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a blitz of caviar, chocolate, & wine

Windy | Dec 12, 200412:52 PM

It's been a week of gustatory pleasure; 100 tastes a day. The end of the year seems like a particularly appropriate time to go out in style; bills won't arrive till next year.

With that in mind, we headed to Arlequin for a tasting of aromatic dry white wines from around the world, served with shellfish (enormous smoked mussels, plump Hawaiian shrimp, and a remoulade I devoured by the spoonful). As previously posted, Amphora is expanding its tastings and taking advantage of a small private room and charming garden behind the cafe and Absinthe. I especially liked a Gerovassiliou Malagousia and a trocken Riesling from Heyden. Neil and Chris were welcoming and informative, and invited refills of any of the 12 wines we sampled. $25 well spent, including a 10% discount.

A quick stop at Yum to collect my dividend led to sampling a roasted, peppery harissa ($12 a jar), melt on your tongue Irish Boilie (more an herbed sour cream than a cheese, $10 a jar), and cardoon honey from Elba (who else but a chowhound would seek out such a thing?). Yes, there are tasting jars hidden away in the fridge. Unfortunately no soda samples, but I did pick up a few bottles of Barritt's pineapple ginger ale and Almdudler, the Austrian national soda. The gorgonzola and red onion potato chips are a must.

Yesterday, I decided to put Tsar Nicoulai's often praised domestic caviars to the test and not having much to compare them to, brought along a Russian friend and her husband. We ordered a domestic sampler ($16), a premium domestic sampler ($35), and avocado with sturgeon roe. This allowed us to to try seven different caviars plus the four flavored whitefish roes.

My favorites were the golden trout roe, which is small and resembles ikura, the salmon roe served at sushi bars. Less salty and more delicate but still with a definite pop, plus it's an excellent value. The California estate select osetra had a better texture than the regular estate osetra, which Anya had proclaimed "silty"; but the taste just didn't warrant the price. I liked the paddlefish a lot. My friends preferred the hackleback, tiny black roe with a firm texture, but that didn't seem much more refined than the cheap stuff I buy at Trader Joe's for dip.

Of the "infused" whitefish roes, the ginger seemed best suited to combining with other foods. We liked the truffle oil, but you could barely taste anything underneath. Beet-saffron was forgettable but bright. Wasabi was milder than expected, but I didn't like it as much as the wasabi tobiko at Yum Yum Fish. Whitefish roe without flavoring had a nice texture but little taste. I wasn't crazy about the sturgeon mousse.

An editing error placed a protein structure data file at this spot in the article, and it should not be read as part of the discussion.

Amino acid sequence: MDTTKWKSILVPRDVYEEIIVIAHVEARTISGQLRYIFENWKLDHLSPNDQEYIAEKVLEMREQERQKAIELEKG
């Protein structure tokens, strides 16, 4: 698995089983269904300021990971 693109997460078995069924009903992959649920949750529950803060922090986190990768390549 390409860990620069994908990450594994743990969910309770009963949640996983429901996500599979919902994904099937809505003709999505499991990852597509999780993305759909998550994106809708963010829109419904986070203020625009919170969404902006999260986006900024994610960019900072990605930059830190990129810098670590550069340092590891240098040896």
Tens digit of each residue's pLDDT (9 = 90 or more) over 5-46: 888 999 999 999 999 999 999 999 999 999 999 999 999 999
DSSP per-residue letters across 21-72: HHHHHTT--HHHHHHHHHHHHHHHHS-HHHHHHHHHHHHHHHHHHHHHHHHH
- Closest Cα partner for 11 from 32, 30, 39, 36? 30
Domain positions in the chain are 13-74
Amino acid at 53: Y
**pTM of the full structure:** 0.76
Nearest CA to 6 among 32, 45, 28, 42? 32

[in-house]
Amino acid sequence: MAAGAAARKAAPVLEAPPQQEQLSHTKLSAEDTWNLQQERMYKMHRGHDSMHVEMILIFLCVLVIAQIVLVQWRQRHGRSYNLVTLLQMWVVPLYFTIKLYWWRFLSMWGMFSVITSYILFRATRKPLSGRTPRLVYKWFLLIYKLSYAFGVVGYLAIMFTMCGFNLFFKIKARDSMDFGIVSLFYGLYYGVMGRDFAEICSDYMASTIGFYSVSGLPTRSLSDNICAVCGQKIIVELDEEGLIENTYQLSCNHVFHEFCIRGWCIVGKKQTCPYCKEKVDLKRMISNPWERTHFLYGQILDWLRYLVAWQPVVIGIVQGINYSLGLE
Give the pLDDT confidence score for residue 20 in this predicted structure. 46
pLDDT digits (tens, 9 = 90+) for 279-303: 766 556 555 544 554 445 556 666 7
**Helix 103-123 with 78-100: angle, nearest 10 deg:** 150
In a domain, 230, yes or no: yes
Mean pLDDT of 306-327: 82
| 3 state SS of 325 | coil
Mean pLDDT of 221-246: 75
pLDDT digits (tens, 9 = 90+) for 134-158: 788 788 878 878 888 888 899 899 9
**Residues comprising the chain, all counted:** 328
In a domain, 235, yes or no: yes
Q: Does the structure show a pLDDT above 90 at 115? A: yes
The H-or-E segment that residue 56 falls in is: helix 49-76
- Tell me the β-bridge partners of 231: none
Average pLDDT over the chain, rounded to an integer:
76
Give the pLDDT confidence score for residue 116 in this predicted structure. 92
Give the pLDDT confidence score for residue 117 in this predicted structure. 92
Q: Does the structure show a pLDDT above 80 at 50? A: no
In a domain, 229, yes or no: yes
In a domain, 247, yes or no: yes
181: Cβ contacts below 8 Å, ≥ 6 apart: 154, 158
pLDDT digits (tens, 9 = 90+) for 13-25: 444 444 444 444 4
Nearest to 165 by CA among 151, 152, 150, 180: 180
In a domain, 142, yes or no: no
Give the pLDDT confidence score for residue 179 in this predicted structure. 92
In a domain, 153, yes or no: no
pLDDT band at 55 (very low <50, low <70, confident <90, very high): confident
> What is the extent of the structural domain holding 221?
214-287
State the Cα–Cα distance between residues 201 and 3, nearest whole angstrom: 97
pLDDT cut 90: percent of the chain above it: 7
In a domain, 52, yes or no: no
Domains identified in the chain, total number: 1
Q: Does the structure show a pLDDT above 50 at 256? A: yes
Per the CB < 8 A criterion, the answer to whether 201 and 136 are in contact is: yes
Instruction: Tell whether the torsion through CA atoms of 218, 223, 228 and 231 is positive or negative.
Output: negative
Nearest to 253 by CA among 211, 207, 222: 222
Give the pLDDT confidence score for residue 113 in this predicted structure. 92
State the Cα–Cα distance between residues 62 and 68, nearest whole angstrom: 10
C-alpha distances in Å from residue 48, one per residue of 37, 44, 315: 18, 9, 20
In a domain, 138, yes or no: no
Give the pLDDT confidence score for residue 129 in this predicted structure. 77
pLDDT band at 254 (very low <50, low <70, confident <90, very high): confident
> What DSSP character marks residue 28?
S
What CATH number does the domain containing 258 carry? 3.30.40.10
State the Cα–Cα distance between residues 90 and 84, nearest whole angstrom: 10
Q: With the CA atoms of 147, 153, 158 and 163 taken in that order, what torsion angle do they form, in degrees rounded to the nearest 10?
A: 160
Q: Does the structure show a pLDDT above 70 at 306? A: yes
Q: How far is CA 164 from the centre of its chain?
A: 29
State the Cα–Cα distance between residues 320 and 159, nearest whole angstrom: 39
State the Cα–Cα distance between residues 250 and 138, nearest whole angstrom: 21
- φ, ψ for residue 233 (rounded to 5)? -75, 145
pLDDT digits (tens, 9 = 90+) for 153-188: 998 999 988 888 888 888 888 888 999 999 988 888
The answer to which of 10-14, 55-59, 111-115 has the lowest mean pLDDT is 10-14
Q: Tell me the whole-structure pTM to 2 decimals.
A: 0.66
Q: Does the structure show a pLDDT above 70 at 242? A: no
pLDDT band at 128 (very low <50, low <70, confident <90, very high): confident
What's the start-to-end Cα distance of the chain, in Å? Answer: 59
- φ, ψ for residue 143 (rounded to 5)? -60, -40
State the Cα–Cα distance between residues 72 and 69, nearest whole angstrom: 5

Blini are tasty but thicker and smaller than Russian blini would be, more silver dollar pancakes than an ideal taster to complement the caviar. We spooned the better caviars on the epis I got from Acme. Anya thought a European butter would be a good alternative to créme fraiche.

Stepping up, we decided to sample the Iranian asetra (~$36 for a 10-gram taste). A Romanian beluga is available too (~$46 a taste), but Anya reasoned that Iranian caviar should be closer to Russian in flavor. This asetra was excellent, greasier than the domestic caviars, gray-green in color, a trace saltier. We devoured every tiny bead, sparring with our pearl spoons in all the crevasses. At $2000/pound though, the Iranian asetra brought to mind Steve Martin's credit check before dinner in "L.A. Story."

As a bonus, they accidentally put together a plate of California estate osetra and when it didn't seem to belong to anyone, the manager gave it to us. We liked it better free. Actually we liked it better with a squeeze of lemon and a little onion. But while the texture was better than in the previous sampler, the flavor was still muddy. Next time I'd avoid the samplers and go straight to my favorites, especially if someone else was buying.

The people next to us got a tray of shooters with oysters, flavored roes, and sake; definitely fun bar food, probably not for the connoisseur. I'm also not sure about the live fish bowls, which reminds me of a sushi reception I attended at the Monterey Aquarium.

A 2004 Nobilo Sauvignon blanc from New Zealand was refreshing; a too cold chardonnay seemed overpowering. Service is friendly but not especially attentive. We probably would have ordered more wine if anyone had asked (and for caviar, why not cushier chairs, or a tiara?). And personally, I'd turn the bar around so diners can all be facing the marketplace. It's great people-watching.

The cafe seems to be burnishing San Francisco's glamorous reputation; several tourists walking by exclaimed that they didn't have a caviar cafe, or anything like the ferry building, where they lived.

Later we stopped in at Recchiuti and picked up a few chocolates to share at Imperial Tea Court. Orchid oolong tea is back, smooth and balanced as always. We also tried Wild Old Bush Shuixian, a rare oolong which started out pungent and mellowed to a rich nutty flavor with successive pours. Keemun Mao Feng, a fragrant and somewhat delicate black tea with slender leaves, rounded out the selection.

Dragonwell dumplings were surprisingly tasty, with a sweet dipping sauce. The tea went surprisingly well with chocolate. Next time try a rose caramel with orchid oolong or cardamom truffle with pu-erh.

As we were leaving, an entire ferry of Santas arrived from Oakland for some sort of convention. A perfect weekend of extravagance; makes it just a little harder to go back to Lucky Charms in a plastic bowl.

Link: http://www.chowhound.com/topics/show/...

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